Municipalities want changes

Municipalities have asked for some of the changes, saying the current system leads to arbitrators granting large wage hikes.

The say they sometimes agree to big hikes themselves out of fear an arbitrator will go even higher.

The city of Moncton said last month when it signed a new contract with firefighters that those employees will have seen a 50-per-cent pay increase over two contracts, increases the city felt it had to grant to avoid the risk of arbitration.

Cabinet Minister Donald Arseneault says the government wants to find a positive solution for everyone involved in the arbitration process. (CBC)
Arseneault acknowledged that Wednesday, but said union concerns have to be heeded as well.

"There are challenges out there, let's not kid ourselves," he said. "So let's find a positive solution for everybody's sake.

"Collective bargaining is a process we have in our country," Arsenault added. "They're very concerned if that process changes. It goes against the Charter."

Macdonald says police and fire unions would probably accept linking increases to economic circumstances if the government gave up the provisions on final offer and selecting a pool of arbitrators.

Macdonald and Green leader David Coon say the first-responder unions are a special case, because during the McKenna government's time, they agreed to give up the right to strike in return for the existing binding-arbitration system.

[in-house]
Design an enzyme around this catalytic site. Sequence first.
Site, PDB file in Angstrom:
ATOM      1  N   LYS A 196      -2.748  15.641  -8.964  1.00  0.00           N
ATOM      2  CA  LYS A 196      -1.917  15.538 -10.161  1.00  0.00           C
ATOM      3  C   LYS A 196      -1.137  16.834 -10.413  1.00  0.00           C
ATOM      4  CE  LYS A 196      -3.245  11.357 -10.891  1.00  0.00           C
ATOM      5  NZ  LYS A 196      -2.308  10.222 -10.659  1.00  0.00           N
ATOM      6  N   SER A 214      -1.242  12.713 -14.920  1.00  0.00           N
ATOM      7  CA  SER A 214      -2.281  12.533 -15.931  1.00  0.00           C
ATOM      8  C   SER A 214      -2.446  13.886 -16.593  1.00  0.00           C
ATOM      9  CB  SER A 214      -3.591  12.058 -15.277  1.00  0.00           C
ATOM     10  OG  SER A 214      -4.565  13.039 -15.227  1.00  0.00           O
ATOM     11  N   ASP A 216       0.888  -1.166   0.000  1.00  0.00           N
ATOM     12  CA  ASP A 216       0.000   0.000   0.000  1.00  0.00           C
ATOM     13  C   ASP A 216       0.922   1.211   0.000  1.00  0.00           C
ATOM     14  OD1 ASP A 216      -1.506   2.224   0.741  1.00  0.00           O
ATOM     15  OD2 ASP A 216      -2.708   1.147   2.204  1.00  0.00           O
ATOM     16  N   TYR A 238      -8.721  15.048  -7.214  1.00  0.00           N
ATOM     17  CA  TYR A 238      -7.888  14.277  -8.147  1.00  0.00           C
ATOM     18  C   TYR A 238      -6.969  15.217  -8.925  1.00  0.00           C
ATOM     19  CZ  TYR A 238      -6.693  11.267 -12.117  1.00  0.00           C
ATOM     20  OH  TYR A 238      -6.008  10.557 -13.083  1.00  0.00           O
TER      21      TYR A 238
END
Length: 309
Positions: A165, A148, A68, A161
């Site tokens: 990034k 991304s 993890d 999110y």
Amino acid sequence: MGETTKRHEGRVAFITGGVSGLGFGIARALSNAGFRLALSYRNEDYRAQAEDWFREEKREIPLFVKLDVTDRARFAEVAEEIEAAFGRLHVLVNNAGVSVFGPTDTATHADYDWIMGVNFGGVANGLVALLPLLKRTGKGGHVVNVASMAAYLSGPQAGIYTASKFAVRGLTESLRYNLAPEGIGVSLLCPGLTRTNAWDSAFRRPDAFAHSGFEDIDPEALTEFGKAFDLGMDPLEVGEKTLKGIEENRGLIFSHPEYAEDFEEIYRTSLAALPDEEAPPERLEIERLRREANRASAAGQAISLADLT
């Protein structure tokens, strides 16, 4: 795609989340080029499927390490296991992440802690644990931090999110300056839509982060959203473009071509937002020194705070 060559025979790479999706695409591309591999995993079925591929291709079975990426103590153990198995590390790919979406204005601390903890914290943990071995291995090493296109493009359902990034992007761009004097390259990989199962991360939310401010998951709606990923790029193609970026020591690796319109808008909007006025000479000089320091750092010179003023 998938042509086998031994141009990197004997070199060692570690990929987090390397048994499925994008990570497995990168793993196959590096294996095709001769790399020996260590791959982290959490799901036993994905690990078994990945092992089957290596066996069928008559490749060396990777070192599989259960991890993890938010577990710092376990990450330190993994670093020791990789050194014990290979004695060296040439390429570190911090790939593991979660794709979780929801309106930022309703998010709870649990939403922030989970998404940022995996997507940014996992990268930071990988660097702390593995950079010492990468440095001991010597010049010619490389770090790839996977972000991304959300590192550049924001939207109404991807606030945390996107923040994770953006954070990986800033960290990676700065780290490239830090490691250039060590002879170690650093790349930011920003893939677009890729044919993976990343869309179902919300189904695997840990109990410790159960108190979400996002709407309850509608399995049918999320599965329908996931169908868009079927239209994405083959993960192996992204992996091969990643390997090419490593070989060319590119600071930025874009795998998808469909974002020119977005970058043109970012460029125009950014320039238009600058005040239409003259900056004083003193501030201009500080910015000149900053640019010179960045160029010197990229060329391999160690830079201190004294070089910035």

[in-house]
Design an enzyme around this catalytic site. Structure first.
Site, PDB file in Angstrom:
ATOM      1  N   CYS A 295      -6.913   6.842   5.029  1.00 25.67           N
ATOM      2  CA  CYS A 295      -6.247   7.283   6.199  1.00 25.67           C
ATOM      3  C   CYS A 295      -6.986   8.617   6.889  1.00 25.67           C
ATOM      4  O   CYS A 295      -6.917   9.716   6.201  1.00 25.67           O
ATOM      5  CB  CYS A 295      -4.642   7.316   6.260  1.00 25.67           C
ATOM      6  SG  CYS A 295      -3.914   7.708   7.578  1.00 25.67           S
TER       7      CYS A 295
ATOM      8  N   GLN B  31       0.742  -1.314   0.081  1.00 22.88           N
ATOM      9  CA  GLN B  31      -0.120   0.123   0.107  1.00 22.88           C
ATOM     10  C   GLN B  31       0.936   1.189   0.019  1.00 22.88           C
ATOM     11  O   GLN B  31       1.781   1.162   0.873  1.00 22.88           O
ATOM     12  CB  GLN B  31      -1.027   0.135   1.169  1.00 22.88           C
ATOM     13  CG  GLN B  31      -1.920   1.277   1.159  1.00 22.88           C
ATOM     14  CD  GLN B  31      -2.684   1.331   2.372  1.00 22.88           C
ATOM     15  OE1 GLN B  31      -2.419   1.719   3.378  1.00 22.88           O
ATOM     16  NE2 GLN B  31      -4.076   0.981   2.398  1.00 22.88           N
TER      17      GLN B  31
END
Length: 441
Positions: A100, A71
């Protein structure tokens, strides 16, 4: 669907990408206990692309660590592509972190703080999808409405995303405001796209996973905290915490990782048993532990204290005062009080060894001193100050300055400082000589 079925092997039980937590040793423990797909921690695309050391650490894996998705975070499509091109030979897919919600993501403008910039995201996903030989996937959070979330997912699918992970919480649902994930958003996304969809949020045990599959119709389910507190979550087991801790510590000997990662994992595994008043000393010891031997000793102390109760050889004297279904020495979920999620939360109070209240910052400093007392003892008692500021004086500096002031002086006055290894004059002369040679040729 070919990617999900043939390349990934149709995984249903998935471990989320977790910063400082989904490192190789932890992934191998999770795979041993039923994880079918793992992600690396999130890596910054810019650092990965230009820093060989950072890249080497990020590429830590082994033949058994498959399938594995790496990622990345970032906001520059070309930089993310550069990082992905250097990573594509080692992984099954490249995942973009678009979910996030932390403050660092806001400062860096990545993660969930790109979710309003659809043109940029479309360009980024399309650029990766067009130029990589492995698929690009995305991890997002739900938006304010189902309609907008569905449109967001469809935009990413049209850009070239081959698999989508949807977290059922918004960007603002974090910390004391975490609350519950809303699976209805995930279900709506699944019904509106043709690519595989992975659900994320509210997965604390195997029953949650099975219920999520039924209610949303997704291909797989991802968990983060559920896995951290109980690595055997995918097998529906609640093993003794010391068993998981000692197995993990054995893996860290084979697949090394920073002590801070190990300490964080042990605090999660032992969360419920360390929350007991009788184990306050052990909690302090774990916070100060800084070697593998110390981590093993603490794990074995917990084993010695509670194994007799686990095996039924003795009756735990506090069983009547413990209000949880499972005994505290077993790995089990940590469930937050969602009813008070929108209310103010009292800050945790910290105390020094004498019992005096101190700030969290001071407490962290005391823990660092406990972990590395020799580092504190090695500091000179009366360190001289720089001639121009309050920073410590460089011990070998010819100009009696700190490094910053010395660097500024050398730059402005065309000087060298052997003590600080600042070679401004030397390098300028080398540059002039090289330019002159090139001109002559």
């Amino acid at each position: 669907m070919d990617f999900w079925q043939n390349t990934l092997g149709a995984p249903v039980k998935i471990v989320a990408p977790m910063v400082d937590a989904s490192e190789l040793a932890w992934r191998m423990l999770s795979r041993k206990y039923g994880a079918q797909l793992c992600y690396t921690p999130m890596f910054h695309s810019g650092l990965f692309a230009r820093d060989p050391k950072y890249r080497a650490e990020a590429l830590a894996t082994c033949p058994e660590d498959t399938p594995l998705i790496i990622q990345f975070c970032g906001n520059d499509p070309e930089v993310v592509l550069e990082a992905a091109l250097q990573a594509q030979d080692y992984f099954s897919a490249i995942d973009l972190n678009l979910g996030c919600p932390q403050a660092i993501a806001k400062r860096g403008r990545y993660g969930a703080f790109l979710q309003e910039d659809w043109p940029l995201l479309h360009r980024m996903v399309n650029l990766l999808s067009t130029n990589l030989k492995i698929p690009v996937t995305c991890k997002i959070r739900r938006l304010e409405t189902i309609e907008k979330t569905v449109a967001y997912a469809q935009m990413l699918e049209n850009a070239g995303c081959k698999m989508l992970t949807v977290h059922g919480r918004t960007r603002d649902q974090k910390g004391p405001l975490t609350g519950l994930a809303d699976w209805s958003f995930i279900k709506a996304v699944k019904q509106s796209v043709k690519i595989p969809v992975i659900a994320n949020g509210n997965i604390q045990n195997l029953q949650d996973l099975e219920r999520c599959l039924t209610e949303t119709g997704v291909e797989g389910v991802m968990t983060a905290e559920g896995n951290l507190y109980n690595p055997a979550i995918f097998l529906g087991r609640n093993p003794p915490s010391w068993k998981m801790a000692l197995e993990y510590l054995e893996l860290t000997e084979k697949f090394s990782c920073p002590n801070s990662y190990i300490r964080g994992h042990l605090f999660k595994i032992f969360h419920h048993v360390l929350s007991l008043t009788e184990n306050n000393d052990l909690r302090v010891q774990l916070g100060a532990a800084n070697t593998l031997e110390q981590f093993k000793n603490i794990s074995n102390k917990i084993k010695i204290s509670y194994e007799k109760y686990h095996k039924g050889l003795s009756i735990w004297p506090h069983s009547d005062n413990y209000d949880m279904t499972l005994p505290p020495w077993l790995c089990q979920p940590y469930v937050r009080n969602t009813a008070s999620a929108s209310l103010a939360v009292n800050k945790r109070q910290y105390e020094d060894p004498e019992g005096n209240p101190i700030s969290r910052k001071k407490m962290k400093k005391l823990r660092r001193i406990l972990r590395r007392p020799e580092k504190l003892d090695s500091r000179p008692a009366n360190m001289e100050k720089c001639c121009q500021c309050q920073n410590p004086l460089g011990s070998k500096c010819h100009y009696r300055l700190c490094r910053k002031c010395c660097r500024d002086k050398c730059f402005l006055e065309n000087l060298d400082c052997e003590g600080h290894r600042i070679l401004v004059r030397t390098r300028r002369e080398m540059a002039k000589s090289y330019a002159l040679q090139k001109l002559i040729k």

Government tone 'softened'

Coon says the tone of the government's rhetoric "has softened, I would say. So maybe there's a willingness and an appetite to shift on what's there. I hope so."

The PC opposition floated two ways for the Liberals to reverse course on arbitration: either break up Bill 24, the omnibus bill, into various pieces of legislation to be debated individually, or separate the arbitration provisions for review by the law amendments committee.

"This is the trap with an omnibus bill," Macdonald said. "It's all or nothing. They've put everything in together, so now they're in tough spot because if they want to change one part, they're opening up the whole bill."

Arseneault wouldn't speculate about what option the Liberals might choose if they agree to changes.

"The arbitration is only one piece of Bill 24," he said. "There's all sorts of options in front of us and these are things we're discussing with stakeholders."

On Tuesday, Attorney General Serge Rousselle sent Bill 26 and Bill 27, the two bills overhauling the laws on inquiries, to to the law amendments committee.


Jacques Poitras

Provincial Affairs reporter

Jacques Poitras has been CBC's provincial affairs reporter in New Brunswick since 2000. He grew up in Moncton and covered Parliament in Ottawa for the New Brunswick Telegraph-Journal. He has reported on every New Brunswick election since 1995 and won awards from the Radio Television Digital News Association, the National Newspaper Awards and Amnesty International. He is also the author of five non-fiction books about New Brunswick politics and history.